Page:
Like Adobe ActiveShare, Photo Explorer can download pictures directly from your digital camera and offers some online picture sharing services. The only catch with Photo Explorer: after 30 days, the program loses its ability to create .gif and .tif images (which are covered by patent restrictions) unless you pay for product registration. Other image formats remain fully available to you for as long as you keep the software.

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There's more to music in Windows Me than that synthesised Brian Eno-esque concoction that plays when you first run Windows. But if you look below the surface, you'll see that the new operating system can't take all the credit for its "new" features, many of which are available separately.

Playing with audio

THE WINDOWS ME WAY: Microsoft has finally turned Windows Media Player into a program that can play MP3, WMA, and .wav files, as well as CDs and a whole lot of other audio. Media Player 7 also added play lists, and the ability to download CD tracks from the Internet and look up fun sites about your favourite bands while you listen to their tunes. If you get tired of the look, it also comes with different "skins", plug-in interfaces that you can change at will.

THE WINDOWS ME TOO WAY: Surprise! It's Media Player 7, freely available for download by Windows 98 users. (Sorry, Windows 95 fans: Microsoft isn't supporting Media Player 7 on older versions of Windows.) An alternative is the venerable Winamp. Winamp's tiny interface and playlist capabilities are at least equal to Media Player's, it offers a lot more user-built skins, and it plays nicely with Windows 95.

A ripping good CD recorder

THE WINDOWS ME WAY: Want to record some tracks off a CD onto your laptop, so you can leave the bulky CD-ROM drive at home? Windows Media Player 7 can handle this task, too. It saves files in the ultra-compact WMA format that scrunches 4-minute CD tracks down to less than a megabyte. The ripping-encoding process works fine, but we've found that the encoding tends to change the mix a little.

THE WINDOWS ME TOO WAY: You can, of course, also use Media Player 7 to record those ultra-compressed WMA files under Windows 98. But here's an alternative program that remains a little more faithful to the sound of the original track: MusicMatch Jukebox is a free jukebox and ripper/encoder that produces high-quality MP3 files. It also searches the Web for new music and provides great playlist and other organisational tools.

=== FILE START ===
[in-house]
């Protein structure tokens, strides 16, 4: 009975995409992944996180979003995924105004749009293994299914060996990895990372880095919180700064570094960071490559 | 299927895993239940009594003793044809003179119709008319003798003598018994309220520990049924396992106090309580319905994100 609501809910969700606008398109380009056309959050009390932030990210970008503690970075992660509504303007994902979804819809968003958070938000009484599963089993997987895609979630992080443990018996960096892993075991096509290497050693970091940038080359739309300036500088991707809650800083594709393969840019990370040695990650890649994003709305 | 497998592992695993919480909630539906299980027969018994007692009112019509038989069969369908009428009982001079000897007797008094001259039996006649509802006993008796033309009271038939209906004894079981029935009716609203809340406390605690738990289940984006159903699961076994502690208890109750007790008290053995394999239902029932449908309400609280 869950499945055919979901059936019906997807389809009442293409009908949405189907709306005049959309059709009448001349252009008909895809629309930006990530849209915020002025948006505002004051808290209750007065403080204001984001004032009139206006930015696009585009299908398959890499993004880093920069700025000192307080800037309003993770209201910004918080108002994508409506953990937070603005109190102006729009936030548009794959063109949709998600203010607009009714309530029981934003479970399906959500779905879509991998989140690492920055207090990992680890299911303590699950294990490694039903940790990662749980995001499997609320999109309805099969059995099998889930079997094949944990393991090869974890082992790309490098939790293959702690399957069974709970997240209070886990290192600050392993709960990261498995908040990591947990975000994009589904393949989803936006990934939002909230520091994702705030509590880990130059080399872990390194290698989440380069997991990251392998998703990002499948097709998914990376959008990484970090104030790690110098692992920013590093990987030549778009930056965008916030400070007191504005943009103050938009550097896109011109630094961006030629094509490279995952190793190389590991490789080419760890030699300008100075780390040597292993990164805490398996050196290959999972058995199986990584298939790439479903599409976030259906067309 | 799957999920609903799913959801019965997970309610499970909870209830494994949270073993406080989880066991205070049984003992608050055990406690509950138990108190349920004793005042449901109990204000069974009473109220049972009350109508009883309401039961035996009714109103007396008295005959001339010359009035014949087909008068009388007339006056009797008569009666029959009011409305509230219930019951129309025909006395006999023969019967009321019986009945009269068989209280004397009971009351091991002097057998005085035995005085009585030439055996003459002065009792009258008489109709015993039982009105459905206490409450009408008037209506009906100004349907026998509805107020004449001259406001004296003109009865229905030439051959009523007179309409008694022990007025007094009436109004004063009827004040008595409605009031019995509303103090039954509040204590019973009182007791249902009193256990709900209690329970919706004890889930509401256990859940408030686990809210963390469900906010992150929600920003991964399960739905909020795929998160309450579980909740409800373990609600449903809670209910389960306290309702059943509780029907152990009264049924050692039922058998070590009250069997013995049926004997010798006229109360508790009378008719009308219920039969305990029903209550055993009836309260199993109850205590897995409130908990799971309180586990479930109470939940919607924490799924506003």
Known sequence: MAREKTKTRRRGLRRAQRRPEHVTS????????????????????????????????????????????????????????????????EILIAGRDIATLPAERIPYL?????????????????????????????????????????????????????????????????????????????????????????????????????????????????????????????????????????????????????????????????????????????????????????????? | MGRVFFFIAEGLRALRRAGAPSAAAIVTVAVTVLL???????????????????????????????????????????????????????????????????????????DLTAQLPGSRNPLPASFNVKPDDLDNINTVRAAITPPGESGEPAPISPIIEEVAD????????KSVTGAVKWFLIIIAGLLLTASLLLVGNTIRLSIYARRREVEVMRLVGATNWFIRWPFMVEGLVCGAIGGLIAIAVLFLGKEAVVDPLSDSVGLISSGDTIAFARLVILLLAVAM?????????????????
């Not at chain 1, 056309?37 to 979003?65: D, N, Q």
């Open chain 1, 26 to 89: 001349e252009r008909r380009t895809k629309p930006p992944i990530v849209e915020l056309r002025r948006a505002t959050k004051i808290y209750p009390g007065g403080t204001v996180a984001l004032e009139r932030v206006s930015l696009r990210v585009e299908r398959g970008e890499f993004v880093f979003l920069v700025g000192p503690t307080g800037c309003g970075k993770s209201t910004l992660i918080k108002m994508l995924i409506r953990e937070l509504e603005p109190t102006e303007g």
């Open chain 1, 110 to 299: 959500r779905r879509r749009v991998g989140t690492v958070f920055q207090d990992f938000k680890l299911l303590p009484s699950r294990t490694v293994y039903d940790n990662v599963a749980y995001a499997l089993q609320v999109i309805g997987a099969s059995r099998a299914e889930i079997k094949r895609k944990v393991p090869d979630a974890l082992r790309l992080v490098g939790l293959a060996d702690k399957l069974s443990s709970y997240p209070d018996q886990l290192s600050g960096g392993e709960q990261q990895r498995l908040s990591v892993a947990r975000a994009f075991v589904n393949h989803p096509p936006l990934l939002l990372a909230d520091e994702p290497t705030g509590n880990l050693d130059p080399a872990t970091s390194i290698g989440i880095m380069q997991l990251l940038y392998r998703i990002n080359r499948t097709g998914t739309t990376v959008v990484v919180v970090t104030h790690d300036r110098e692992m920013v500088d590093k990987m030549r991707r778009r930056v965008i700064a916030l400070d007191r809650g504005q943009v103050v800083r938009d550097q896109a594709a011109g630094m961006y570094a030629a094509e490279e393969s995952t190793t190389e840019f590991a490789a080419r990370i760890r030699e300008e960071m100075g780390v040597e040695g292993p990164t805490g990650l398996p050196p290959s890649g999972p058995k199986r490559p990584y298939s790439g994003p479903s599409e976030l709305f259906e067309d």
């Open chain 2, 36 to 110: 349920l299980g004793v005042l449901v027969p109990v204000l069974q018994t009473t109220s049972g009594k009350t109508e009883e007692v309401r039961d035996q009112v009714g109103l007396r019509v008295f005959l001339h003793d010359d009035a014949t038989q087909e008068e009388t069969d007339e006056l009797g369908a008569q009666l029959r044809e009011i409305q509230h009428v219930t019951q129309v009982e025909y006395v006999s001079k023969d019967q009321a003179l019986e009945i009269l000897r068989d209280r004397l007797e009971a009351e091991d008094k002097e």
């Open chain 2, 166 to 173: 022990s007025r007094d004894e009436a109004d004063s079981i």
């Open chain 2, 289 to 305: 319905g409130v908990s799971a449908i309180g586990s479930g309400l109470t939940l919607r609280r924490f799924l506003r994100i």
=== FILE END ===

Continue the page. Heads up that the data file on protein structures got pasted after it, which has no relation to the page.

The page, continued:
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Windows Me promises to make getting online for fun and profit a lot easier. It's a big promise, and for the most part, the new Windows actually delivers on it. But you can have just as much fun and profit in your online dealings by going the Windows Me Too route.

The new, improved Internet Explorer

THE WINDOWS ME WAY: Install Windows Me, and the latest version of Internet Explorer will be yours.

THE WINDOWS ME TOO WAY: Download the latest version of Internet Explorer, and it's yours. Well, actually, if you read the small print of the End User Licensing Agreement, you'll see that your copy of IE is actually not yours under any circumstances. But you get the idea.

Chatting up a storm

THE WINDOWS ME WAY: Every time you launch Windows Me, you'll see Microsoft's very own chat client, MSN Messenger, sitting in your system tray. It provides its own buddy lists and pings your Hotmail box every so often, telling you when you have mail.

THE WINDOWS ME TOO WAY: MSN Messenger is part and parcel of the Internet Explorer 5.5 package. It also comes as a download that Windows 98 users can have at no extra expense - if they really want to. If you want to use instant messaging, go with a better chat client, AOL Instant Messenger. Your buddies are far more likely to be on AIM, anyway, because the program lets you hook up with both AIM users and AOL subscribers.

Online games

THE WINDOWS ME WAY: Windows Me provides online, multiplayer versions of backgammon, checkers, hearts, and Reversi in the Start menu's Games folder.

THE WINDOWS ME TOO WAY: You can get everything Windows Me offers, plus a bunch of other games (including cribbage and euchre), by signing up at Microsoft's MSN ( At the site you can visit free game rooms, download the program you want to play, and do battle online just like a Windows Me user.

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Here's the deal: many of Windows Me's more compelling features - better audio software, better graphics handling, better system tools - are available right now for Windows 98 users. And getting hold of many of these features won't cost you more than a few minutes of download time.

Why go through the hassle of upgrading your entire operating system just to get the one or two features you want? We've rounded up a passel of cool tools that will give you Windows Me-like features. We're calling this the "Windows Me too" approach. Read on to see what you stand to gain. All software products and add-ons are available on our cover CD.

Improve Your Internet Experience

Your Digital Jukebox

A Better Picture

Slick System Tools